Charlie Meyer's Blog

A Mathematical Theory of License Plates

Tags: math-that-isnt-useful

Preface

“You know, the most amazing thing happened to me tonight... I saw a car with the license plate ARW357. Can you imagine? Of all the millions of license plates in the state, what was the chance that I would see that particular one tonight?”

Richard Feynman,1962

Introduction

The year is 3000.

All buildings, bridges, roads, vehicles, plants, animals, and fossils on Earth are gone. All that is left is every license plate in America.

Intelligent life arrives into the Earth’s atmosphere and lands their ship in Cambridge, MA, along what humans used to call Memorial Drive.

What will they find?

In Massachusetts alone, they will find over three million aluminum rectangles of a uniform shape and size (30.48cm X 15.24cm), all bearing the proud declaration that in fact, the state they have landed in embodies The Spirit of America, a nation long ago lost.

Figure 1: Computer rendering of a standard issue Massachusetts license plate

Upon these three million plates, they will find a rich universe of symbols indicating that whatever process created these plates, living or otherwise, was anything but random.

Part 1: The Distribution of Symbols in a Sample of Standard Issue Massachusetts License Plates

Some basic rules apply in the generation of the sequence of characters for Massachusetts license license plate (see Part 2 for discussion of vanity plates):

  • Plates are at most 6 characters long
  • Only alphanumeric characters are allowed
  • Letters must be uppercase

The distribution of characters in Massachusetts plates are very roughly estimated by the following histogram generated from a sample of 700 Massachusetts plates collected in August 2021 in Cambridge, MA and on a two hour trip northbound on I-93.

Figure 2: Character frequencies in a sample of MA license plates

Notably, the numbers 1 and 2 appear much more frequently in this sample relative to other numbers. I, O, and 0 are all less frequent due to how easily they can be confused with each other. (see https://xkcd.com/1105/). It is reasonable to assume that the two O’s and one I that appear in this dataset only appear because of mistakes in data entry. Q doesn’t appear at all. Our extraterrestrial visitors will not know about the letter Q. M appears with a relatively high frequency as well, but to a lesser degree than 1 and 2. Many government vehicles whose plates are prefixed with M were parked outside of the Cambridge Water Works which was visited during the data collection period due to its proximity to Fresh Pond, a local point of interest. The relatively low frequencies of 8 and E are not as easily explained, and a larger sample would help discriminate between the signal and the noise here.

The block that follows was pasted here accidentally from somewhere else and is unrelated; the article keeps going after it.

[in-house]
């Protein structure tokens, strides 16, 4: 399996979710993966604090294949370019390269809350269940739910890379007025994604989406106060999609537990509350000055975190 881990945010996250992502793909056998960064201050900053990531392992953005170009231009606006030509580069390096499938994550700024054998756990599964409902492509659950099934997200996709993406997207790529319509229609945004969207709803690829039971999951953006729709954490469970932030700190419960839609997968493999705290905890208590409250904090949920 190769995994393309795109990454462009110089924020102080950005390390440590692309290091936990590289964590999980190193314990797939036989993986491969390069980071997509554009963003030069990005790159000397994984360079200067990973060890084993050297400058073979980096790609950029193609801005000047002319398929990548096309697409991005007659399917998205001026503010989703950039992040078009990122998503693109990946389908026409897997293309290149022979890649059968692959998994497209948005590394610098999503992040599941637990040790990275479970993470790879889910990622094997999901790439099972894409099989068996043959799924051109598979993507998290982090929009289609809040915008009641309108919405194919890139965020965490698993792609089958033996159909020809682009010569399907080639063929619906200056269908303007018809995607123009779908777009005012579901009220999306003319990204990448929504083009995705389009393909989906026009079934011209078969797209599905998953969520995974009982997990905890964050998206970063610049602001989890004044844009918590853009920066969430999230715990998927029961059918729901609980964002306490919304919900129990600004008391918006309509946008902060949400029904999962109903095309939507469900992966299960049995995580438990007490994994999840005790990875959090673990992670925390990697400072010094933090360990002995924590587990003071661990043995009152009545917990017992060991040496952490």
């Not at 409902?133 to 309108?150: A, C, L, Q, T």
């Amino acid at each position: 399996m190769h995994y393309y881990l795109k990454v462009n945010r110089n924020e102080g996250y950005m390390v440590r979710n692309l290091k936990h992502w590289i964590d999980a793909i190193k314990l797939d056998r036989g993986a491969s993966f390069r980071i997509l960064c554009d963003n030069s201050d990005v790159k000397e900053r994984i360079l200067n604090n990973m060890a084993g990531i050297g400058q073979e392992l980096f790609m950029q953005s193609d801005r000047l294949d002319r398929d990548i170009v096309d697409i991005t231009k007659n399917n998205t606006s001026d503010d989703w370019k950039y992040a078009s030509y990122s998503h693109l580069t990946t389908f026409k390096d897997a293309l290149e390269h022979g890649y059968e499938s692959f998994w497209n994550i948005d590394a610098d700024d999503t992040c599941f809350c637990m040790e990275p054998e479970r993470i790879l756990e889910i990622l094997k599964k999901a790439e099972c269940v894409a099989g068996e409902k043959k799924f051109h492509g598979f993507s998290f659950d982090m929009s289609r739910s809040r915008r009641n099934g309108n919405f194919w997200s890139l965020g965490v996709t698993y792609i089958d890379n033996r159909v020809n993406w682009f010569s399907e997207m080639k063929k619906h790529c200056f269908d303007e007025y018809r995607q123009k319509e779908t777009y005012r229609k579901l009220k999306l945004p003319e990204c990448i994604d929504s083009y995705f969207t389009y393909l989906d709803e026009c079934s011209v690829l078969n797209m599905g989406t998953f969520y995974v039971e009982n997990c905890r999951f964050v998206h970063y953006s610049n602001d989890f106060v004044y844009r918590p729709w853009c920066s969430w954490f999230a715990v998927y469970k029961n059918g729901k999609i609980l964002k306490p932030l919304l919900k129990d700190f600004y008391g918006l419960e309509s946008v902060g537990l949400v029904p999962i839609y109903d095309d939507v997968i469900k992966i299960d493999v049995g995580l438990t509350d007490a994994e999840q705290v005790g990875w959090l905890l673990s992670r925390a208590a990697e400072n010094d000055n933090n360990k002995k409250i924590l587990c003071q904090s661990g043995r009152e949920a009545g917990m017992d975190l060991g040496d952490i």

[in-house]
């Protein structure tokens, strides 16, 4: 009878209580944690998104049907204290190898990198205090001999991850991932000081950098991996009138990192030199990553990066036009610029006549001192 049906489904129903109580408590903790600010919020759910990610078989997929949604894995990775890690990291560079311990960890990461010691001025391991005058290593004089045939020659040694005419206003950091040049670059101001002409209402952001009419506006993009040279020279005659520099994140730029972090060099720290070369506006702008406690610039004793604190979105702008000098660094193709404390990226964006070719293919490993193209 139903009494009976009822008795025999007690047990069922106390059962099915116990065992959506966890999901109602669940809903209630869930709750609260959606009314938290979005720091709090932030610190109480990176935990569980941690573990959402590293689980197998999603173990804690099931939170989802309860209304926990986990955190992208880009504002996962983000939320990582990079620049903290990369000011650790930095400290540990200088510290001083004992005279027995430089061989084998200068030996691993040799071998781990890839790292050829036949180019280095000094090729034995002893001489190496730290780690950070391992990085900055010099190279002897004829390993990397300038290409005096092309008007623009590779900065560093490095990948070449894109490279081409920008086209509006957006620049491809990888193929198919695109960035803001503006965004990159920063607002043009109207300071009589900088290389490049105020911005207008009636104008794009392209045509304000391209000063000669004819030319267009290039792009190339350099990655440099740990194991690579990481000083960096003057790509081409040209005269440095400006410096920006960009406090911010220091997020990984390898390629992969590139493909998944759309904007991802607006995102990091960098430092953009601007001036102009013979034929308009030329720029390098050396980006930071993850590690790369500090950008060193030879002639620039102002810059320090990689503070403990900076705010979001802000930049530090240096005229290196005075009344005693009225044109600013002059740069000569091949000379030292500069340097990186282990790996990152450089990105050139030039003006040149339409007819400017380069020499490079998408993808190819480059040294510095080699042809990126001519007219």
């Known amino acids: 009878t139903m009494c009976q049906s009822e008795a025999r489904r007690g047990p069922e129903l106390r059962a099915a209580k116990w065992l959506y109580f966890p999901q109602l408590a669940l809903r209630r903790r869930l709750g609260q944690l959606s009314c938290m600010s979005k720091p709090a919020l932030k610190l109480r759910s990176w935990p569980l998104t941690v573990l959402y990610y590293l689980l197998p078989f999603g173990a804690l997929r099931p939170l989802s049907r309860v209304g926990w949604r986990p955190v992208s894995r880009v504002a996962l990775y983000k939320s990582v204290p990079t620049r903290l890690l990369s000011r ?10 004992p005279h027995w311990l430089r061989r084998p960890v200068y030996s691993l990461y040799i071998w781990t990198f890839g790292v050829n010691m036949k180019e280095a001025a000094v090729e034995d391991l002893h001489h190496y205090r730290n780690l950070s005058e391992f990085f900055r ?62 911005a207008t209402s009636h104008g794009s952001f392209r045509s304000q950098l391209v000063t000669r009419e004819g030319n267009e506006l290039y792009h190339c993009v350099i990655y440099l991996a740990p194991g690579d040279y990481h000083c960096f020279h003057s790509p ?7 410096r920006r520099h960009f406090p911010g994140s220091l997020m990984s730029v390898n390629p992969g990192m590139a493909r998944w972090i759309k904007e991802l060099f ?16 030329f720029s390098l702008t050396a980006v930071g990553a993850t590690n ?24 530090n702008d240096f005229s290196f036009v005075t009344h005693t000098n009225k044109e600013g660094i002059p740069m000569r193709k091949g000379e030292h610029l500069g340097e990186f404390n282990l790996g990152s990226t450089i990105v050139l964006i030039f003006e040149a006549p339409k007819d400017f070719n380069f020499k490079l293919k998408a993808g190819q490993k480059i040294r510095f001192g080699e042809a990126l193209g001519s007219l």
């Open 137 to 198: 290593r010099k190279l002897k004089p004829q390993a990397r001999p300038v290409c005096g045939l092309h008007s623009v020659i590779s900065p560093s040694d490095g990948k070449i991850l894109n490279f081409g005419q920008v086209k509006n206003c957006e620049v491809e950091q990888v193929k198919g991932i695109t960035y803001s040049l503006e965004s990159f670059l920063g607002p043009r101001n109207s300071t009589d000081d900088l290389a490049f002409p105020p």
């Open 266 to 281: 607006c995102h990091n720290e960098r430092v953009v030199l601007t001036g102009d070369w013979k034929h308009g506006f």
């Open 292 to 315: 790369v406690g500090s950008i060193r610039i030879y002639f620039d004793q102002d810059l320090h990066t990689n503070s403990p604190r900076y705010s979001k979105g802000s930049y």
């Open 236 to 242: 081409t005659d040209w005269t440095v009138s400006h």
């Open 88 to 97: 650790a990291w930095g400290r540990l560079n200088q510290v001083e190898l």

A grid chart of plates, with character position on the X axis, character on the Y axis, and color representing the frequency of that character observed in that position give us a clearer picture of the sample.

Figure 3: Character frequencies by position in a sample of MA license plates

The most easily detectable pattern here is that index 0, 4, and 5 are quite often numbers in the dataset. The string 3LSB99 from Figure 1 is an example of this phenomenon. Other common patterns and their frequencies are shown in Figure 4, where N denotes a number and L denotes a letter.

Pattern Frequency
NLLLNN 34.2%
NLLNNN 26.3%
NNNLLN 12.4%
NNLLNN 5.8%
Total 78.9%
Figure 4: Frequency of selected character patterns in a sample of MA license plates

The frequencies of the common patterns help explain the following chart of the negative log likelihood (NLL) of transitioning from one character (char1, X-axis) to a second (char2, Y-axis). They also suggest that Feynman’s Plate, “ARW357”, likely would not be generated at today's RMV.

Figure 5: Bigram frequencies in a sample of MA license plates

Part 2: Vanity Plates

To be continued

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